The United States is going through waves of nauseau at the country’s prospects under either presidential candidate and authors like Nicholson Baker just add more fried food to the stomach mix. In the book, Baker depicts two middle-aged men, one of whom is discussing offing the current President. The scene takes place in a hotel in Washington, D.C. around the Spring of this year. The men speak in well-rounded, interesting sentences and one character attempts to convince the other not to go ahead with the assasination. I won’t give away the ending, but suffice it to say that it contains no moral, aesthetic, or intellectual transformations and one comes away from the book feeling cheap and tawdry, as if one just spent the night in a cheap hotel talking about killing the President.
Whether this was exactly Baker’s intention, I don’t know, but Baker is a great writer who appears to have simply cashed in on the phenomonon of hating the present Administration, deserved as it may be.
I ordered Nicholson Baker’s new “novel,” Checkpoint: A Novel, which at 128 pages in length is more like a novella.
I haven’t read it yet, but I did listen to Mr. Baker’s interview on The Leonard Lopate show and I found him to be incredibly modest for his accomplishments, which includes helping to save American libraries’ fragile physical artifacts from history’s dungheap. In fact, I’m buying the book because of his (real or apparent) modesty which lies in stark contrast to the content of the book.
In case you don’t know, in this story, two men discuss, in a hotel room, the implications of killling the President. It’s a grotesque of course, a modern grand guignol that happens to also stand as a read on current events. I thought it appropriate to order during the current RNC less-than-rampage through NYC.
(We babysat our friends’ daughter today so that the mother and father could march in today’s 100,000-strong protest.)
Being that’s it’s Saturday night, I caught up on my reading of last Sunday’s New York Times. I read with great glee the piece, written by Emily Nussbaum in the Arts & Leisure section, on Sid and Marty Krofft’s excellent late 1960s and early 1970s H.R. Pufnstuf. I loved this show above almost all the others when I was four and five and six years of age. I’ve always wondered, because these shows received so little traction and play during the years since, if I just imagined Witchie-Poo and the scary-funny play acting that was my key entertainment for many years. I also thrilled at reading about “Land of the Lost,” which I also thought was lost in my brain’s recesses.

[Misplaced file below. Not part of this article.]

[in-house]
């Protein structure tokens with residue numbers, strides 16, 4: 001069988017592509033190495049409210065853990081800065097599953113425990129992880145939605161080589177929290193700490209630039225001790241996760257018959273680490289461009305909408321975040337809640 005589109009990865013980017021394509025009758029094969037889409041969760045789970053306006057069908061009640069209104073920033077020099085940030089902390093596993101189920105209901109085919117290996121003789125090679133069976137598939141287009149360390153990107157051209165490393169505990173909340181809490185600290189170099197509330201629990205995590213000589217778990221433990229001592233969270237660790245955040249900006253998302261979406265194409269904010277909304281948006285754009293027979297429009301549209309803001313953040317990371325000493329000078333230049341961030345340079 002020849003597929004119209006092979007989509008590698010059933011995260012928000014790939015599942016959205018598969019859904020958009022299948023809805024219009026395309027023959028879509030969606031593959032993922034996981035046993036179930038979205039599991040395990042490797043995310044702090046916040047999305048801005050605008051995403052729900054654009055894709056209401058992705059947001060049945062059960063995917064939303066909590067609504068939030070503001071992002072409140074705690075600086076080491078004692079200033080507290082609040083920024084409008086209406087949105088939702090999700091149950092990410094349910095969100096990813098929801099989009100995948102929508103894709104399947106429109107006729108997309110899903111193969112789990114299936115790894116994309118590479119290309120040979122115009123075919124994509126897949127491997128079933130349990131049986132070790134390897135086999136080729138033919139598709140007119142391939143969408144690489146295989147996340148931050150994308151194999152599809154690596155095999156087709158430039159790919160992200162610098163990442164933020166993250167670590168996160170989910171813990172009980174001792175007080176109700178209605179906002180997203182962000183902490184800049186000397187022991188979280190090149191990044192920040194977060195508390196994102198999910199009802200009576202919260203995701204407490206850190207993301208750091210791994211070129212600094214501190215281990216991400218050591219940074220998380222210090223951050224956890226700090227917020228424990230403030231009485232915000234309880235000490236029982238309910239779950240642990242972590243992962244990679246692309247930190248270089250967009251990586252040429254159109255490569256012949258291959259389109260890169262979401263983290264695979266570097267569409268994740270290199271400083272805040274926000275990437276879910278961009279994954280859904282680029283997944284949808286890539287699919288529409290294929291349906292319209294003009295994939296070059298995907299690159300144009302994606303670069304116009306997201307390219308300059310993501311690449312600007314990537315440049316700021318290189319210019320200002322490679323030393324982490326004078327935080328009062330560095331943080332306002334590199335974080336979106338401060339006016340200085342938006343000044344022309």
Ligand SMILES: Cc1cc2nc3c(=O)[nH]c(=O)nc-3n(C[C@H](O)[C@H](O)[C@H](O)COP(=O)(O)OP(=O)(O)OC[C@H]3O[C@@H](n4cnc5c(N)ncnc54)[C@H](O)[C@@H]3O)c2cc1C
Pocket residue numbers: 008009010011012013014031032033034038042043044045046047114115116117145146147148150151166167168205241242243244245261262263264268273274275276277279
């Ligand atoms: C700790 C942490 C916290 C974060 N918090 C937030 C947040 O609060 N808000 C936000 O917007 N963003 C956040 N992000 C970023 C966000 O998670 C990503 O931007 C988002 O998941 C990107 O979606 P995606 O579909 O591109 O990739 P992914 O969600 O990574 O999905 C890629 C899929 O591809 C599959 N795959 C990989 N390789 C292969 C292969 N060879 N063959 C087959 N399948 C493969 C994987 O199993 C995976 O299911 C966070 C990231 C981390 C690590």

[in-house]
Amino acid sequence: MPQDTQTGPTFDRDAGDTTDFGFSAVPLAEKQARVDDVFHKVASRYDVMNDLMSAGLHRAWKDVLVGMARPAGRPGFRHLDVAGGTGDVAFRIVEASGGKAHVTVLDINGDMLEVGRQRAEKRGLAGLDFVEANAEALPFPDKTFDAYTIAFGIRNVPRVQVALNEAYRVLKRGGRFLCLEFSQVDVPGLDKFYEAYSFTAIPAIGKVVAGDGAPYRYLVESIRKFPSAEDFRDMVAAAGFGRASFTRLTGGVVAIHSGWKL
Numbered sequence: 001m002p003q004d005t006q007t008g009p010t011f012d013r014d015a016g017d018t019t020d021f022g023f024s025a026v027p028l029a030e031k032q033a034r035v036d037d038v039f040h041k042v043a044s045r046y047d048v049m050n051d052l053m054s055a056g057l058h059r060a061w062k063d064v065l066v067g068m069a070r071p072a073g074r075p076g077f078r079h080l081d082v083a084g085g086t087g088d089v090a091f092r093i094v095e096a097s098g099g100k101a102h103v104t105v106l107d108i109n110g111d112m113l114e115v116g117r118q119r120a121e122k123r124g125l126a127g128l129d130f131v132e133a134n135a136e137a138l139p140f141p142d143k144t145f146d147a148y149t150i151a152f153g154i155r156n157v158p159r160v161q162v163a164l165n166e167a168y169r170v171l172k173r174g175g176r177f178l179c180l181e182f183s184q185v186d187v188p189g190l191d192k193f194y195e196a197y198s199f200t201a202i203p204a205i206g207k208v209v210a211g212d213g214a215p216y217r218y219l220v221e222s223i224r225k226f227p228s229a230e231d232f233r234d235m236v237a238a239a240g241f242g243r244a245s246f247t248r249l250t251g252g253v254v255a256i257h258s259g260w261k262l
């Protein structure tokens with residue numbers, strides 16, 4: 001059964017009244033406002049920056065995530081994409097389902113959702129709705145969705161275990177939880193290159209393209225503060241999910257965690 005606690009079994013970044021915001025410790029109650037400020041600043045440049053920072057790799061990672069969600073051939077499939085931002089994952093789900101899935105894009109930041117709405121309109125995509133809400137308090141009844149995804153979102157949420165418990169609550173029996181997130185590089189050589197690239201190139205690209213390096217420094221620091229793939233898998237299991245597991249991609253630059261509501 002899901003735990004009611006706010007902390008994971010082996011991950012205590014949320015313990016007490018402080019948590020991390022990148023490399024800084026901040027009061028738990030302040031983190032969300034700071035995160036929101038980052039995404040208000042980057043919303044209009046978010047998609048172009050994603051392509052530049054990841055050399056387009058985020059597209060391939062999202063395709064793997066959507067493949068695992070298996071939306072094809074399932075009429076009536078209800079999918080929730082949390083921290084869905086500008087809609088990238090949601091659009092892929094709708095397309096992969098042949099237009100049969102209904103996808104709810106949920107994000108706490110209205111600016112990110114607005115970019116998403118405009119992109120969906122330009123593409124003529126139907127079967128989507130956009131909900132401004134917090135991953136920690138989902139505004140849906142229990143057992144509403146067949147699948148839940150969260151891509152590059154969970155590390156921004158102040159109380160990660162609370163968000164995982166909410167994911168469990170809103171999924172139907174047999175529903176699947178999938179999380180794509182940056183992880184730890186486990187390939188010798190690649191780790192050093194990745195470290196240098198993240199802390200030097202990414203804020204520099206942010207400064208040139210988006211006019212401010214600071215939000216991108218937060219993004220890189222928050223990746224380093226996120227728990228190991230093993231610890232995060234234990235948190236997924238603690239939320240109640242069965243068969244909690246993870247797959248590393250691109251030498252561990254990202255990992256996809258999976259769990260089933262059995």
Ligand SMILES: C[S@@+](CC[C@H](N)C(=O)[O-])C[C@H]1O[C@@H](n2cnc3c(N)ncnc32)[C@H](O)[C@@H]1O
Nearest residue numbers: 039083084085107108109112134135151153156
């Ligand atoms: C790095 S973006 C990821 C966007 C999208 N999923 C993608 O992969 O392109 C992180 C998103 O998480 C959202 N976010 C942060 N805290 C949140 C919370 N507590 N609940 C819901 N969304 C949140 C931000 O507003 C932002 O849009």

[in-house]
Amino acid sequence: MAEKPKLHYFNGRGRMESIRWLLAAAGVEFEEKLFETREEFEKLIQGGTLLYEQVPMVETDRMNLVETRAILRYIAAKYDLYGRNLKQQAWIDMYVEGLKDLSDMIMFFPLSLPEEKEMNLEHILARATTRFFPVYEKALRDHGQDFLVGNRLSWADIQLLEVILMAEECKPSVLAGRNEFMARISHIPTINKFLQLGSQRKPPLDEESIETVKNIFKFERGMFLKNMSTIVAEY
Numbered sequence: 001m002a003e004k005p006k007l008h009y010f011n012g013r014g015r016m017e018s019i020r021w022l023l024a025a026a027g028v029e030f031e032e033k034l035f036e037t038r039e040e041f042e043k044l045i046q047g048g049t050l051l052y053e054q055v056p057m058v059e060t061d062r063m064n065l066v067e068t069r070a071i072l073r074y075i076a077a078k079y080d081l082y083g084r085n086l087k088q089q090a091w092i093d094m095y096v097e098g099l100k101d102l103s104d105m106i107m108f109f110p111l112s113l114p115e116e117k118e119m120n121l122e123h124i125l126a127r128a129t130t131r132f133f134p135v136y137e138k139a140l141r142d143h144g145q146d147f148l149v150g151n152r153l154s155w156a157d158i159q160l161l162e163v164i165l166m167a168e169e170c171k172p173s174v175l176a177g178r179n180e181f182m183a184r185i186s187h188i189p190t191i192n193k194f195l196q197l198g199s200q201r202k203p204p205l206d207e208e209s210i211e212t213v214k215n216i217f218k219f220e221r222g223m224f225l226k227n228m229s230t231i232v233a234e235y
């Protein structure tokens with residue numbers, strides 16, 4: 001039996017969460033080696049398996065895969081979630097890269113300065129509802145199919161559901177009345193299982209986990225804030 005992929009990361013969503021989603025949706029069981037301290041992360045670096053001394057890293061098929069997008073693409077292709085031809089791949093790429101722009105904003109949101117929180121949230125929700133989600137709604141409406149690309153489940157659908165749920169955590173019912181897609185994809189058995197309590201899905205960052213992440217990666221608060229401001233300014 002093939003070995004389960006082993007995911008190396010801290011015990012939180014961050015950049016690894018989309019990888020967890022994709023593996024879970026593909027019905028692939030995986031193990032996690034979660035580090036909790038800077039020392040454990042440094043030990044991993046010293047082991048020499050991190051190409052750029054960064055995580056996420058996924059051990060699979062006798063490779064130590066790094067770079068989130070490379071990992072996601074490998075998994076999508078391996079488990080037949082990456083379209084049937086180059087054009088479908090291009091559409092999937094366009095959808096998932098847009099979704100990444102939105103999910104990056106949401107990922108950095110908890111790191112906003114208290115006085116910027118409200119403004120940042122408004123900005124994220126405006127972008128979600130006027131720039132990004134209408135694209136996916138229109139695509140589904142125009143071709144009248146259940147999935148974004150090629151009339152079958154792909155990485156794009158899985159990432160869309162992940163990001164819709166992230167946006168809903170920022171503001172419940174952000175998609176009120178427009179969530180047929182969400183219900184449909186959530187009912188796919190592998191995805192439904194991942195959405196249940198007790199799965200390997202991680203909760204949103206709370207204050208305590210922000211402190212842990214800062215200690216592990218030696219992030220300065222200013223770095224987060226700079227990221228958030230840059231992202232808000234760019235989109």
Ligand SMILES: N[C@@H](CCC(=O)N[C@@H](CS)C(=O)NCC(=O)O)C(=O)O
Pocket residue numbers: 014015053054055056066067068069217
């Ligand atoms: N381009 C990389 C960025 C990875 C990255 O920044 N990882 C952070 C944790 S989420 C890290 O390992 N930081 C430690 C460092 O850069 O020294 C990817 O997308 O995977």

All of this is really to say that the Arts & Leisure section of the times is finally, fairly, formally good. For years, they featured arcane theatrical reviews, puff pieces on average actors, and features on just-past artists. My sincere hope is that Ms. Nussbaum and her editors continue their mission in providing journalistic integrity and fine recollections to the fading memories of Generation Xers.
A few weeks ago, Salon.com publicly released, in serial form, Dave Eggers new book-in-composition <a title="Salon.com Books | The Unforbidden Is Compulsory
Or, Optimism” href=”http://www.salon.com/books/feature/2004/01/26/eggers_intro/index.html”>The Unforbidden Is Compulsory, Or, Optimism. I’m not as big a fan of Eggers as I once was, but I appreciate the fact that an online magazine is finding a new appropriateness of serialization for distributing new fiction. It’s a great and inexpensive approach to releasing new material and perhaps it will fuel online subscriptions at Salon and elsewhere.
Serialization, as I learned with the late Professor Roger Henkel in college, was a new way for publications in the 19th century to realize earned income gradually while at the same time introducing new writers’ work — or new work by writers. It contains a built-in PR machine and the feedback gained while a writer is serially publishing is often critical to the eventual narrative and economic success of the book. Is it worth subscribing to Salon? I think yes.
Exactly a year and a half ago, I wrote about how ridiculously expensive the new magazine eDesign was.
Since then, I shelled out the obligatory $29.00 for a subscription and guess what happened? The thing went defunct. Did I receive one issue? No. Did I receive an acknowledgement of receipt of payment? No. Should I have listened to my generally strong intuition about wrong-headed businesses? Yes.
I hate eDesign. Thanks Administrative Contact Howard Cadel of RC Publications, Inc. at 3200 Tower Oaks Blvd in Rockville MD, 20852 whose phone number is 301-770-2900!
This week’s Village Voice horoscope says that I should sing or chant the following 10 times per day for the next two weeks. I’m relying on my readers to do this for me.
“All I ever wanted in life was to make a difference, be worshipped like a god, conquer the universe, travel the world, meet interesting people, find the missing link, fight the good fight, live for the moment, seize each day, make a fortune, know what really matters, end world hunger, vanquish the dragon, be super-popular but too cool to care, be master of my own fate, embrace my destiny, feel as much as I can feel, give too much, and love everything.”